A paper by Edward Cartwright and Abhijit Ramalingam, recently published in Economics Letters, provides new experimental evidence on framing effects in public good games.

The trade-offs from an individual contributing to a group task can be framed in different ways. We could focus on the positive externality that results from the individual giving to the group – ‘if you work hard then everyone benefits’. Or we could focus on the negative externality that results from not giving to the group – ‘if you do not work hard everyone suffers’. This is a positive-negative externality dimension. We could also focus on taking from the group (versus giving) – ‘if you do not slacken effort then everyone benefits’ or ‘if you slacken effort everyone suffers’. This is the give-take choice dimension.

Previous experimental evidence on framing effects in public good games throws up some mixed results. In a previous paper Edward Cartwright argued that this was because the give-take effect was confounded with a positive-negative effect. The current paper puts that conjecture to the test by explicitly separating give-take and positive-negative dimensions in a new experiment with 188 subjects. The results were not as expected. There is evidence of a give-take framing effect consistent with prior results in the literature. In particular, behaviour tends to be more extreme in the take frame with an increase in the proportion contributing nothing or everything. There was, however, no evidence of a positive-negative framing effect. This is a surprise given the prior results in the literature and suggests further work is needed to fully understand framing effects.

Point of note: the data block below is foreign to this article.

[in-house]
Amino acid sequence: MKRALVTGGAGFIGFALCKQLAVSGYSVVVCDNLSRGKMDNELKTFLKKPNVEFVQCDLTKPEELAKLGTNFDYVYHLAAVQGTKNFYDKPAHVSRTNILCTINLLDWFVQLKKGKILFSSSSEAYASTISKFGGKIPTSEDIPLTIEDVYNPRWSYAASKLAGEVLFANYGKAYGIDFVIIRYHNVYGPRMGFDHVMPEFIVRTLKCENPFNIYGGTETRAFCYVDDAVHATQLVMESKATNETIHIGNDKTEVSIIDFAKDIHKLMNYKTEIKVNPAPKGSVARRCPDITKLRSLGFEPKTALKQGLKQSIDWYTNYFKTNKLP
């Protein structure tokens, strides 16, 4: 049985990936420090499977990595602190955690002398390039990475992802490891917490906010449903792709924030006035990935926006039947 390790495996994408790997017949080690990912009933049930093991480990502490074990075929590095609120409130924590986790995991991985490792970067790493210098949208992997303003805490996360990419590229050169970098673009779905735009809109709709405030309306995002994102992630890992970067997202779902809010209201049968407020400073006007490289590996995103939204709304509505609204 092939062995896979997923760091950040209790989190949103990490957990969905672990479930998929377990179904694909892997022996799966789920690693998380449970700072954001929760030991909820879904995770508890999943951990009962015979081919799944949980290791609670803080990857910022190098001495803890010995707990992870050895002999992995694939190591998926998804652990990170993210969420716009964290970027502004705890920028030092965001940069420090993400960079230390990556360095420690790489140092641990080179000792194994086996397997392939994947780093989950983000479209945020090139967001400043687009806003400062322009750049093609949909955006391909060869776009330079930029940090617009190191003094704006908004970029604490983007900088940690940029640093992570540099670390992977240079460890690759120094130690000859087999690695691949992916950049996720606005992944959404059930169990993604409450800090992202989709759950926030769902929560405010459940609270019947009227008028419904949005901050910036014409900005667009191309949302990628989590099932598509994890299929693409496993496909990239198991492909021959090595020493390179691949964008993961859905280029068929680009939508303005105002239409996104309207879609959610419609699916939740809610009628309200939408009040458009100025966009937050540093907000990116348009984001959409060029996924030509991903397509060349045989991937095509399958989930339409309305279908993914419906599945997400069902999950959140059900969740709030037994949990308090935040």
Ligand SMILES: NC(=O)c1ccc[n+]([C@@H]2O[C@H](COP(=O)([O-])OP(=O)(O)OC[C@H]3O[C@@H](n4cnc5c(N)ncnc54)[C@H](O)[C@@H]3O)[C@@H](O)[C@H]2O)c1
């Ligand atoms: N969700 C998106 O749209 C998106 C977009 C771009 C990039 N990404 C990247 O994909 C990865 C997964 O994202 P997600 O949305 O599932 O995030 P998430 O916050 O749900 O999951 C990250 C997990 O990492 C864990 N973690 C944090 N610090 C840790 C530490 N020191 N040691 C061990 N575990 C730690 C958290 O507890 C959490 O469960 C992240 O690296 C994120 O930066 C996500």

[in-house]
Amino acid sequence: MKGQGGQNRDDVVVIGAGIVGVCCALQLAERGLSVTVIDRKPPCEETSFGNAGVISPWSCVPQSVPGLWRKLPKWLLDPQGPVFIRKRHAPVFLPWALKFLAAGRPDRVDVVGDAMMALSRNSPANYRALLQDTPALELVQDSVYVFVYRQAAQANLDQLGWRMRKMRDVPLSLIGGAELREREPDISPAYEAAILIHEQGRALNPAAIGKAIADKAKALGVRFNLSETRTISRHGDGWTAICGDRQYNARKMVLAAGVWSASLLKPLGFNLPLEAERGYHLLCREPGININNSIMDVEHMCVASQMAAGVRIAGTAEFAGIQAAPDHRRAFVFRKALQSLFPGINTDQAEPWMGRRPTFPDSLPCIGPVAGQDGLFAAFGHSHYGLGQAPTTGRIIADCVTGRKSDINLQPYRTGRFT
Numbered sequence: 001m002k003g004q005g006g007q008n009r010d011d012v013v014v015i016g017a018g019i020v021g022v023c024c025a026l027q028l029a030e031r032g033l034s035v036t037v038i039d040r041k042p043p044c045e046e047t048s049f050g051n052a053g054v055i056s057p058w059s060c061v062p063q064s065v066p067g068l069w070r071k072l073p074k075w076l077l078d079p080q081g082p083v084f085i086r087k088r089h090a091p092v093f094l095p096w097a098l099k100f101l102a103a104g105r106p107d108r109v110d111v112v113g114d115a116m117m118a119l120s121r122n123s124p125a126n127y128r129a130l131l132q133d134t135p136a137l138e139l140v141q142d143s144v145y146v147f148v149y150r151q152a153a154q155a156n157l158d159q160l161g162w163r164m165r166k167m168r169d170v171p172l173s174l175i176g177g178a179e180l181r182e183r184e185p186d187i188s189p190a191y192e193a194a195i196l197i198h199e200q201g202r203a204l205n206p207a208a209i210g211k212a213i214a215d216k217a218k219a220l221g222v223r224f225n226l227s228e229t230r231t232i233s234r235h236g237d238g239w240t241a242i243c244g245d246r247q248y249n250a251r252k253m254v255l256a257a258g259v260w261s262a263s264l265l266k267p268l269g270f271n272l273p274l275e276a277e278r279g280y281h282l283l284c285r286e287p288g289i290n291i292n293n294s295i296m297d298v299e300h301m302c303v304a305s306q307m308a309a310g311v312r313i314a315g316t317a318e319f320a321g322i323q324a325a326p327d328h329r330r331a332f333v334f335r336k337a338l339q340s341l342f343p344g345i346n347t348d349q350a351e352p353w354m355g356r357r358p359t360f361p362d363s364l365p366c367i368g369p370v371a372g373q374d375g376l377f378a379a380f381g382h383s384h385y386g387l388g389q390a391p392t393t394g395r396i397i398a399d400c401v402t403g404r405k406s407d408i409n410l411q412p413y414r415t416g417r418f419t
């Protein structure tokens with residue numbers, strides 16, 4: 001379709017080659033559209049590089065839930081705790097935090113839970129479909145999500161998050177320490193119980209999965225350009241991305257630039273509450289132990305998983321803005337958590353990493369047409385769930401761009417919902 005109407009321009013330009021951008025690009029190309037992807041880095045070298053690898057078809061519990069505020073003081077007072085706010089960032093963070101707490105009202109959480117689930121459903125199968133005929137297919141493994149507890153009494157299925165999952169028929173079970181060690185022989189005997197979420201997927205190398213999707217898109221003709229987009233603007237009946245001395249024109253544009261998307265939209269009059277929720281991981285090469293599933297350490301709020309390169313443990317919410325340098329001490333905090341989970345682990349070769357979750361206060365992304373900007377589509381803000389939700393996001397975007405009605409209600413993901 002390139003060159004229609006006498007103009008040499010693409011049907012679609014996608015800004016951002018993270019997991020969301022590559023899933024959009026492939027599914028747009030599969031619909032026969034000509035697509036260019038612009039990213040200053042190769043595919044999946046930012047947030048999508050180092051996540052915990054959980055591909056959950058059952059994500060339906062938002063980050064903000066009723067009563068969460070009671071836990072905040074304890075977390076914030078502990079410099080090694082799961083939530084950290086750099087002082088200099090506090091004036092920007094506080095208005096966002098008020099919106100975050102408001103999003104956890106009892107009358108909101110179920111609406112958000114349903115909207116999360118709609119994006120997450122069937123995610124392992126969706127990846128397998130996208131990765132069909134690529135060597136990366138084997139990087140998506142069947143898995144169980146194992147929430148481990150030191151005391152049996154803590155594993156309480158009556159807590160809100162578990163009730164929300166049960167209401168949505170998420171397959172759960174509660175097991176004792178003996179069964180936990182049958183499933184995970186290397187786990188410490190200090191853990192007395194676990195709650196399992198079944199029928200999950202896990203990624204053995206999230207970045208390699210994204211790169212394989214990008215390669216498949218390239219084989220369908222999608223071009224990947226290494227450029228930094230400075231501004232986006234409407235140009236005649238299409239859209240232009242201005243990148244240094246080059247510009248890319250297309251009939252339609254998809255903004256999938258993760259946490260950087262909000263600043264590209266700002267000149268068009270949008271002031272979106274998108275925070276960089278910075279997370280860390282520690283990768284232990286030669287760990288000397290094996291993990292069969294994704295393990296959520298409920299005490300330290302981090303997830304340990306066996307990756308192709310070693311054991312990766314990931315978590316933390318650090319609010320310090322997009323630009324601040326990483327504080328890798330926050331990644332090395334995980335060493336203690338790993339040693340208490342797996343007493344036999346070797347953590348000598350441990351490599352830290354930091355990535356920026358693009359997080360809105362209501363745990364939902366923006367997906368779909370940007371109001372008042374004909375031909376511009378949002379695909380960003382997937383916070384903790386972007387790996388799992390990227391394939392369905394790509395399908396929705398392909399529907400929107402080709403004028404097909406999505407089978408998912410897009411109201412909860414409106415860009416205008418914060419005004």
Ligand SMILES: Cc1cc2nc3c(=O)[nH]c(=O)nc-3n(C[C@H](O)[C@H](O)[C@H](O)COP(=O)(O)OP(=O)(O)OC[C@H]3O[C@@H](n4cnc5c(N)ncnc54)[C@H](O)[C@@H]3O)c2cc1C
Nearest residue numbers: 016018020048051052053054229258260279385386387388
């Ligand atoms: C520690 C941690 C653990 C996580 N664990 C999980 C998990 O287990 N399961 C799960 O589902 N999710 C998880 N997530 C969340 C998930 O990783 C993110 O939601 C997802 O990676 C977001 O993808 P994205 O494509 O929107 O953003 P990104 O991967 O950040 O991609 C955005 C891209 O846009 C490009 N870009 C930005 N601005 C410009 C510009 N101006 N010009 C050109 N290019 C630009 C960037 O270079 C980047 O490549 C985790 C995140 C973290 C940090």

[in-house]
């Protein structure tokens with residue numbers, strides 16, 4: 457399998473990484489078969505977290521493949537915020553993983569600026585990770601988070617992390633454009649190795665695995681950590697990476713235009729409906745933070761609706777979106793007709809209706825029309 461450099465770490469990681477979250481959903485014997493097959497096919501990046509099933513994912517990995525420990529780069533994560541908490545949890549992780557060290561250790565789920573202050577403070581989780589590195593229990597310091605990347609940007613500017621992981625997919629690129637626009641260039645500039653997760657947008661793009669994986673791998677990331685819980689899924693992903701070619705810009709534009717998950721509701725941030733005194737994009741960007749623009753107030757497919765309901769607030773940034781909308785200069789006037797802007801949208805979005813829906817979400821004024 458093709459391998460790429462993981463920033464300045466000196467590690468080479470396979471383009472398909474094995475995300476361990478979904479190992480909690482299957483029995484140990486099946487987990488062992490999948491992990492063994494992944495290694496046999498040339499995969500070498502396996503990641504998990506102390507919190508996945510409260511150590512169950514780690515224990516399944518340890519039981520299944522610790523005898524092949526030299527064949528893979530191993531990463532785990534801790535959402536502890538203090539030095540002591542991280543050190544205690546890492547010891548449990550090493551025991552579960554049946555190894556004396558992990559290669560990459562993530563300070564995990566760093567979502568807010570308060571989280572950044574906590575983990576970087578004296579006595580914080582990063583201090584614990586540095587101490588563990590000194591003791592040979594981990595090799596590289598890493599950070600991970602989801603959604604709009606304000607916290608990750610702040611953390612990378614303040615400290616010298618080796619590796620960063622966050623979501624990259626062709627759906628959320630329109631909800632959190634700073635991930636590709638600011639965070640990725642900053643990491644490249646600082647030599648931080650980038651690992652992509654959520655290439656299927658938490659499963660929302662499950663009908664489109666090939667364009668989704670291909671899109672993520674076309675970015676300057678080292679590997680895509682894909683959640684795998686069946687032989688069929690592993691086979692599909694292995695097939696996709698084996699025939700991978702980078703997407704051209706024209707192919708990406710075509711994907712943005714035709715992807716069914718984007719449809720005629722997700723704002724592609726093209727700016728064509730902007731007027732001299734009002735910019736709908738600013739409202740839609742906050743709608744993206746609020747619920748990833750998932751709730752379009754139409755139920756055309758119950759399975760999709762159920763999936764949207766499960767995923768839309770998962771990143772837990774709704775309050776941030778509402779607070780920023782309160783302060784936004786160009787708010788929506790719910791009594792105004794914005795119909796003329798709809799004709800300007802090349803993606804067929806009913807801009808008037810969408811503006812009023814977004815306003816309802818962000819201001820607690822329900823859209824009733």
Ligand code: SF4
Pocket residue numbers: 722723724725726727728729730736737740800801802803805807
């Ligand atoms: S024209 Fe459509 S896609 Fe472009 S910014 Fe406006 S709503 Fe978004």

So, if you have a choice of how to frame contributions to a group task, what should you do? Well we do not have definitive results, but the safest bet is probably a positive-give frame. So, should you emphasize that by giving to the task the individual can positively benefit others. If that sounds like common sense then it is interesting to reflect that things are often framed in a negative way emphasizing the consequences of not doing something.